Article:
3 Textures at Stremmel Gallery
Standing in front of Carol Gove’s “Listening,” you feel like you are listening. And not just to the artist’s high-volume assemblage of ripped paper and paint—but also to the other pieces in the gallery.
You hear Gove’s other work—mostly colorful, gestural paintings with collage elements up close. Or Eleanor McCain’s hand-dyed collection of fabric, sewn into giant, graphic, eye-bending quilts. Louise Forbush’s collages, barely audible, speak about vague landscapes in rust-colored paper, silk string, and old screens.
“Every once in a while, [we] branch out and do something a little bit new,” said Turkey Stremmel, co-owner of the Stremmel Gallery.
The exhibition, titled 3 Textures, definitely feels new. In addition to being the first all-woman, three-artist show at Stremmel, the exhibit is compelling for reasons mostly unrelated to gender. Besides its nods to women’s work (quilting and collaging), and crossover into a historically male-centric art movement (abstract expressionism), the most interesting parts of the show focus on the interaction between art and viewer.
The experience begins when you walk into the gallery and find yourself face-to-face with the quilt equivalent of oncoming traffic. It’s titled “Black and White Linear 9-Patch” and it’s easily as imposing as a semi-truck. Hanging 10 feet tall and 9 feet wide, this quilt—like all of McCain’s quilts—has only been slept under once by the artist. But its main purpose is not to keep you warm. It’s to shake you up.
“I like it when it’s kind of disturbing,” said McCain in a recent phone interview. “Like when you can’t quite tell where the field-object relationship starts and ends.”
Composed of 810 cotton patches in various shades of black and white, the quilt plays with field-object relationships by placing dark panels next to light ones, giving the impression of jutting and receding space. Up close, the quilt envelopes your peripheral, and from far away, it hijacks your entire sense of sight, making you believe that the white panels at each intersection are really pulsing dots.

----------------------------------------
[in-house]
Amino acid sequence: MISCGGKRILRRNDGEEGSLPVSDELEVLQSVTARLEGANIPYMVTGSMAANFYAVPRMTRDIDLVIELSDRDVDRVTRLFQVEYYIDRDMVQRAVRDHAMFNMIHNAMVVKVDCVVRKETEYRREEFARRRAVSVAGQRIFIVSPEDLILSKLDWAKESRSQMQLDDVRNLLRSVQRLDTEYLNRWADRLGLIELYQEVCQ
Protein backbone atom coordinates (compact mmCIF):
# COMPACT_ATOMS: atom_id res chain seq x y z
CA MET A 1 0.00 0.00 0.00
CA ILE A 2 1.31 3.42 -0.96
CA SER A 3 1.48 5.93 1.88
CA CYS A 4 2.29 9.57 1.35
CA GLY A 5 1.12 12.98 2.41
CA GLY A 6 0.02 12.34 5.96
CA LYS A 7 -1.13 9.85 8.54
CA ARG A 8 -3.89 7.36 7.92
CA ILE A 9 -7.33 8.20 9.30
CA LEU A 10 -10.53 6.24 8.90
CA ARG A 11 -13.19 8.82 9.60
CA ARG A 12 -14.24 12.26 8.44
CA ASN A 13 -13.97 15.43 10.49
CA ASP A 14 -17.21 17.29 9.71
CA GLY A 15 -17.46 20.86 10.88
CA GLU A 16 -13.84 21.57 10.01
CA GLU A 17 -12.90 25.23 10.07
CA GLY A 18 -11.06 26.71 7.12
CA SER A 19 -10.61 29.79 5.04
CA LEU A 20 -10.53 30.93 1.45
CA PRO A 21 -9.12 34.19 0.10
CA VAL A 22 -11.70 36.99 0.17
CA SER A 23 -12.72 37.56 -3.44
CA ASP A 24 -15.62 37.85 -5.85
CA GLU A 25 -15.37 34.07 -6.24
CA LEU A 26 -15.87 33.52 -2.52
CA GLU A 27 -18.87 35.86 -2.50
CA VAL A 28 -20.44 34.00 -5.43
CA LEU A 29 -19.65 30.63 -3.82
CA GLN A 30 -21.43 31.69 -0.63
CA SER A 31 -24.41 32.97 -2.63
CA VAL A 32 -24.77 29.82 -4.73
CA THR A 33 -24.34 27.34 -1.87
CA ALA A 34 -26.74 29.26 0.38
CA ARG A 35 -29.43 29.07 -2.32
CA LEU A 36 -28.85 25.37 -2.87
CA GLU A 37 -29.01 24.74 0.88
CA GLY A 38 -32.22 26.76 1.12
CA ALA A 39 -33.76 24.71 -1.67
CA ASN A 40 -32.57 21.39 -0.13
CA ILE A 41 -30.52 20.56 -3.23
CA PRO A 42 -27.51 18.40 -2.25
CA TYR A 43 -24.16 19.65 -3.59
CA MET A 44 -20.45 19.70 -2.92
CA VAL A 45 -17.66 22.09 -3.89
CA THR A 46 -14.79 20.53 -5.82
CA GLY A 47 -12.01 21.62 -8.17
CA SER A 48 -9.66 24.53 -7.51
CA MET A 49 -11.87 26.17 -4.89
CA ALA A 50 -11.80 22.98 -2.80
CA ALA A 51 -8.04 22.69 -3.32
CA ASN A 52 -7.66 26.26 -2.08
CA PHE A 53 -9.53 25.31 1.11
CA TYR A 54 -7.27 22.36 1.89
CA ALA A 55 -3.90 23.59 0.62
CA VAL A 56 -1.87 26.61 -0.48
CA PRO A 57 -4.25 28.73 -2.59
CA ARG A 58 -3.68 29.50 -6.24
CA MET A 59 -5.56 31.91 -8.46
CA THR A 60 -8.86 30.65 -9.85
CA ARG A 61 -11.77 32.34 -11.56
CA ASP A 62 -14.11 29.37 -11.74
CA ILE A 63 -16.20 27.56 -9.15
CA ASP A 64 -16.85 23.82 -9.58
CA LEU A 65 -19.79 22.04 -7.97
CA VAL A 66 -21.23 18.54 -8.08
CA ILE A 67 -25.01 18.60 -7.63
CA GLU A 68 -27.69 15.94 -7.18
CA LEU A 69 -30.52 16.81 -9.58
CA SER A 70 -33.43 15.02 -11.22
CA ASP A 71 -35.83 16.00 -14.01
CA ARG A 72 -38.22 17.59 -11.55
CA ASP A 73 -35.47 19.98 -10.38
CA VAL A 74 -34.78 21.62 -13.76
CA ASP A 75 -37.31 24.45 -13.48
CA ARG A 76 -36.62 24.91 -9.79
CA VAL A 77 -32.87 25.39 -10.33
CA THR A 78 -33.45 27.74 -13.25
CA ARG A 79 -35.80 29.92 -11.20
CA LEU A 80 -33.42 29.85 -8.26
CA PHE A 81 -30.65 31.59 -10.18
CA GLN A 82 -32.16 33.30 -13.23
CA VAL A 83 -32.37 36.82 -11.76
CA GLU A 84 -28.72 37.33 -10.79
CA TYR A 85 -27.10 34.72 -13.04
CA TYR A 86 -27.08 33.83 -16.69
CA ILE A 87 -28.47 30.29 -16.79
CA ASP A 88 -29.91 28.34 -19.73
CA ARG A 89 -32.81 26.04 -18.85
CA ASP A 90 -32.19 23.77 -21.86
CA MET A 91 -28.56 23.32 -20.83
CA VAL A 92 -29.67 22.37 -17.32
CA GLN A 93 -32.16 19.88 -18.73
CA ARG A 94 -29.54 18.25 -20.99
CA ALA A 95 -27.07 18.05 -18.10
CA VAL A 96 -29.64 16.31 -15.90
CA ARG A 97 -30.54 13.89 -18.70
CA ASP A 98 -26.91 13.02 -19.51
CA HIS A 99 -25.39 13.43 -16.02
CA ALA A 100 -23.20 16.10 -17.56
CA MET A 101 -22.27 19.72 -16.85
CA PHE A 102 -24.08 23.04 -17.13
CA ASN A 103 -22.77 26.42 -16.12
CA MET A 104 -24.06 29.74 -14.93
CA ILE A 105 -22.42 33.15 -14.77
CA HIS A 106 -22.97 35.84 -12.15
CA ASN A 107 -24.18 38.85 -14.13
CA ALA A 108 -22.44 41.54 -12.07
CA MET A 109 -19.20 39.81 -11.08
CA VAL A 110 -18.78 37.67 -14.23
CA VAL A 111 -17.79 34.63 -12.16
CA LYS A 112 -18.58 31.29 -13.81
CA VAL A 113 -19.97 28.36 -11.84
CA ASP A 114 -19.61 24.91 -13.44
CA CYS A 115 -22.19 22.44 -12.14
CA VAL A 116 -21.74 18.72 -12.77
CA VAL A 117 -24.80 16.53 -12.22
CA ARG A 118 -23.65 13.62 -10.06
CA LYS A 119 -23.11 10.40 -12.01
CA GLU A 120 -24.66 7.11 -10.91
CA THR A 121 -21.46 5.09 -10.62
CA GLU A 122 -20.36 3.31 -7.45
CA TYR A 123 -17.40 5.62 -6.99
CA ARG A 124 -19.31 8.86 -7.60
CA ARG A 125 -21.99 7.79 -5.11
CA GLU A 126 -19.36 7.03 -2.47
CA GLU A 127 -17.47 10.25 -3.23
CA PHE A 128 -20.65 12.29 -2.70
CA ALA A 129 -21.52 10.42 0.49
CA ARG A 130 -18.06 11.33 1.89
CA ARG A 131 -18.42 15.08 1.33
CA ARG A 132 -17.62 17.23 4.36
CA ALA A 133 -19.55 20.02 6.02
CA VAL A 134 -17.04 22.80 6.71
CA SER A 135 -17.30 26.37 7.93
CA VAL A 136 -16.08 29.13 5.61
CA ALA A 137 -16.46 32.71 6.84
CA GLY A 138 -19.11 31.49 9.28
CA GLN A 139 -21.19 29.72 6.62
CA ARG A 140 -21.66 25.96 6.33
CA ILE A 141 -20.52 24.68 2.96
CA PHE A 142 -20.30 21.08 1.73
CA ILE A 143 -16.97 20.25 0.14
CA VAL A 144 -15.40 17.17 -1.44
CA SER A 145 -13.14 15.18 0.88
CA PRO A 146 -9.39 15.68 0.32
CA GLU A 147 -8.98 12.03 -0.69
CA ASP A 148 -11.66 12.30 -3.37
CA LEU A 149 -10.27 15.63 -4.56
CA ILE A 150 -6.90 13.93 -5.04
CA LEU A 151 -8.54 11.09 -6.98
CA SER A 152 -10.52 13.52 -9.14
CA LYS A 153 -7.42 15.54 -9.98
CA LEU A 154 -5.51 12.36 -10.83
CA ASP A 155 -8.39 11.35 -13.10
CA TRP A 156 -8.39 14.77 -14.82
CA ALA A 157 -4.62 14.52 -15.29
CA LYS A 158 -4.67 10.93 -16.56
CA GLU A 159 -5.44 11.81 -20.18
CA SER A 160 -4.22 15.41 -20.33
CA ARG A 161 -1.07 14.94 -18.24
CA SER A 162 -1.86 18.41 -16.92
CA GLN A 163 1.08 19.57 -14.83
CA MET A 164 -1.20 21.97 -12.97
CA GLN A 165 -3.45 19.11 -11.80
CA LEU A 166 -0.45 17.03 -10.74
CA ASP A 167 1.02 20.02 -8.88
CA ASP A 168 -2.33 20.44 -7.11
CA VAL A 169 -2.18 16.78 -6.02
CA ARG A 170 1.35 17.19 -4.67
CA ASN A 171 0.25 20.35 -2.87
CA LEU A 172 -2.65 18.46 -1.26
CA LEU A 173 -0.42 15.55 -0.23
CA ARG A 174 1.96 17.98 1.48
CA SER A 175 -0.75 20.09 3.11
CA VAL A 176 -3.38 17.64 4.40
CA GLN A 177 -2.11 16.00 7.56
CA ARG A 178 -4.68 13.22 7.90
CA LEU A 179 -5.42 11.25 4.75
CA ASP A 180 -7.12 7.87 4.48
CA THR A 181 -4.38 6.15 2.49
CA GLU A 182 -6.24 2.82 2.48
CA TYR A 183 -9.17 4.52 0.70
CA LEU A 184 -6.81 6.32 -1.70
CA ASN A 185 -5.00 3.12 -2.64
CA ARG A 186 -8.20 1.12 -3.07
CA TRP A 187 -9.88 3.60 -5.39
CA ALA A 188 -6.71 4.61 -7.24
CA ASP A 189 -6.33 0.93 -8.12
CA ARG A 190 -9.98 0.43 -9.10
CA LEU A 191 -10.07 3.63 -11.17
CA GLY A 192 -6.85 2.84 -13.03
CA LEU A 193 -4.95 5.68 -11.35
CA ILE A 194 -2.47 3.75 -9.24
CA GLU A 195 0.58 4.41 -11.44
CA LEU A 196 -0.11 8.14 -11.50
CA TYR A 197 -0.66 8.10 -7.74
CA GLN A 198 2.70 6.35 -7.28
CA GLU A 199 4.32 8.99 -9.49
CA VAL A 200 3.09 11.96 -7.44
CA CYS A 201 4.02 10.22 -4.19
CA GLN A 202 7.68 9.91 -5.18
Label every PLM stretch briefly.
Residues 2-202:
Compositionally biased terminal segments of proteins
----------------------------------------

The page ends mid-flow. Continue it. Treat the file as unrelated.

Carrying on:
Once you’ve been shocked by the quilts, the size of everything shrinks a little—the ceilings, the walls, the art on the walls—and you find yourself wandering into a smaller room of Gove’s paintings with titles like “Escalate,” “Heartache” and “Rush.” The look of the work matches the titles as sweeping brush strokes, bold colors, and saturated clouds of bleeding and dripping paint push into areas of calm. Initially high-speed, the experience is significantly slowed by the presence of collaged letters, torn graphics, and all manner of painted-over paper. It does all the things that good abstract expressionist paintings do and then some.
Gove’s paintings also serve as a bridge to Forbush’s work, located at the back of the gallery. Unlike the other work in the show, Forbush’s landscape-like collages bypass the body and go straight to your head. All are small, intimate, and tell a story best told in sepia-toned colors that evoke the past. Collaged elements include everything from sheet-music and 300-year-old Japanese book binding to handwritten ledgers and paper-thin dried vegetables. With so many collected elements, each piece seems less constructed than arranged. And this is no accident.
According to Forbush, everything she learned about art comes from her 15-year study of “ikebana”—the art of Japanese flower arranging. “Line, math, empty space, contrast, texture, asymmetrical balance,” listed the artist over the phone. “That’s where it started and it just grew and grew and grew.”
Like a blueprint for making art, but also for life.
Or as Stremmel puts it, “All of our lives are collages. They’re this piece and that piece put together and some over here and fragments over there.”